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Ros Taylor

November 22nd, 2016

Every generation votes in their own interest. But in an ageing world, that’s a problem

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Estimated reading time: 5 minutes

Ros Taylor

November 22nd, 2016

Every generation votes in their own interest. But in an ageing world, that’s a problem

2 comments

Estimated reading time: 5 minutes

gabriel ahrfeldt

A majority of pensioners voted for Brexit, but less than a fifth of 18-24 year-old voters did. How does age influence voting decisions in referenda? As direct democracy becomes more and more popular, Gabriel Ahlfeldt and his co-authors analysed voting patterns among different generations and found people tend to vote in their own interests – which, when the costs are short-term and the benefits accrue later, puts the young at a disadvantage. They suggest ways of addressing the generation gap before voters go to the polls.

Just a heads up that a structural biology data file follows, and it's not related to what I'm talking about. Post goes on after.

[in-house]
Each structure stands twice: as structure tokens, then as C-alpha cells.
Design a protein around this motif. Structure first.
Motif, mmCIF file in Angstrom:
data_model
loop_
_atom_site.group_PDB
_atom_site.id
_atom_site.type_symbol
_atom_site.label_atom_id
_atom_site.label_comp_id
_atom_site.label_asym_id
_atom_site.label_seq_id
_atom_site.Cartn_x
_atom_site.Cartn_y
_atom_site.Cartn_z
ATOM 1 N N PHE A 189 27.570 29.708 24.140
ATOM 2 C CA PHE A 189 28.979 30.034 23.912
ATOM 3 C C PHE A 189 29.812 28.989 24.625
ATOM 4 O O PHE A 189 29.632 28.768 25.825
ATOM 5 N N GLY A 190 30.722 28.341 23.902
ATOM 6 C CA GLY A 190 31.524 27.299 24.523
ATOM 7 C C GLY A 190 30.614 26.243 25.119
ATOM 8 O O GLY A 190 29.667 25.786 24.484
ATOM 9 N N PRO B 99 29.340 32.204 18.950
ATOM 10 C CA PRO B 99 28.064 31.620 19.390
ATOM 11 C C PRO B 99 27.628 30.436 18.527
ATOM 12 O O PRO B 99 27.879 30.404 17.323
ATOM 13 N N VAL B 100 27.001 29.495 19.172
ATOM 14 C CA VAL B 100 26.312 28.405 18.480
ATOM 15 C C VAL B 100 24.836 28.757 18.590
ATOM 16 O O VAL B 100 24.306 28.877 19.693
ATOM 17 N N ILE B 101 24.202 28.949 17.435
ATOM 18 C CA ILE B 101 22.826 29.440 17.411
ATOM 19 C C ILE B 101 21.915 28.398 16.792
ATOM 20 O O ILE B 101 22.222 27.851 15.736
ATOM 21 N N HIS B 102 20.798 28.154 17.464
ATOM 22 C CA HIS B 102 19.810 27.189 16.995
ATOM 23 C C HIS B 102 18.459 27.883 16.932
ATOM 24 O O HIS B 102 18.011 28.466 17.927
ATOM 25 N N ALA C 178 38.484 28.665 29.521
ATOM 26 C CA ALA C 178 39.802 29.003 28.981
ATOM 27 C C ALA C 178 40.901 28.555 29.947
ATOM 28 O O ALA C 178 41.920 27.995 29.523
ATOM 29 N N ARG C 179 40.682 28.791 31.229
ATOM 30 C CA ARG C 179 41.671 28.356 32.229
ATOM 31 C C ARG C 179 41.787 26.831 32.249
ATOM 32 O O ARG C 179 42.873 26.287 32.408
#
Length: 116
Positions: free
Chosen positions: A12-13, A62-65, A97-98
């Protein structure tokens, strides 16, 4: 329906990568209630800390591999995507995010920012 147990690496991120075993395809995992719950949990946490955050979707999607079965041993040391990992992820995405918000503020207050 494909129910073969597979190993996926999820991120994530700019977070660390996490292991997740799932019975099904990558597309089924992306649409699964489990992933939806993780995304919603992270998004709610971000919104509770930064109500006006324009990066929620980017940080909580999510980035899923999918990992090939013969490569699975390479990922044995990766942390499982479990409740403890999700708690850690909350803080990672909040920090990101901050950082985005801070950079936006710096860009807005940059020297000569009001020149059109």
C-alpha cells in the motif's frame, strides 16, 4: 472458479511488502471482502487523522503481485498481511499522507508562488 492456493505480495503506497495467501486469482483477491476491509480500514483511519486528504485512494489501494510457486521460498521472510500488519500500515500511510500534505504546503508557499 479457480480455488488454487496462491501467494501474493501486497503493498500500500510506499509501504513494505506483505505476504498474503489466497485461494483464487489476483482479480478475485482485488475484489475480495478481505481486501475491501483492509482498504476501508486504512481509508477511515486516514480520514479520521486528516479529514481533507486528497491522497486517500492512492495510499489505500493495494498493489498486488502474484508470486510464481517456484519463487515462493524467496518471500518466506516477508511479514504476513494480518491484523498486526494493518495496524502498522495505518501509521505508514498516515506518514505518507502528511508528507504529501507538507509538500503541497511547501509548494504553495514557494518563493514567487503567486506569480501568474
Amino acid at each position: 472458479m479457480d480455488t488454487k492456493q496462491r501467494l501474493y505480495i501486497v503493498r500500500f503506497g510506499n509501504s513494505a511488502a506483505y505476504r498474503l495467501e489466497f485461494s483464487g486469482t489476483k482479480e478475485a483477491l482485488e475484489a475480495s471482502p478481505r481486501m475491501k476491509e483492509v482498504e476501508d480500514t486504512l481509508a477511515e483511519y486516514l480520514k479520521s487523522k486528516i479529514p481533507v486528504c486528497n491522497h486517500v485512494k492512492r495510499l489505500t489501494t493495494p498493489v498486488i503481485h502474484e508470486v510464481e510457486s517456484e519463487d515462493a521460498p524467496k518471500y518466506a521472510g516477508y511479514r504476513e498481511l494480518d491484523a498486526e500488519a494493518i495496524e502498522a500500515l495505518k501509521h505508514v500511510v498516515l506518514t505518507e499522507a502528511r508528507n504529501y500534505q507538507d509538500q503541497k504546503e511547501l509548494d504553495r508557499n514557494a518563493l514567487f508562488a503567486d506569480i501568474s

Different people have different tastes, ideals and political preferences. It is no wonder that when asked to decide on a specific question in a public referendum, different population groups tend to vote systematically differently. As an example, it is now well documented that homeowners vote differently from renters, because they benefit from increases in home values, while renters do not. Theoretically, great heterogeneity in tastes, preferences and incentives is a problem because it makes it less likely that direct democracy leads to welfare-maximising decisions.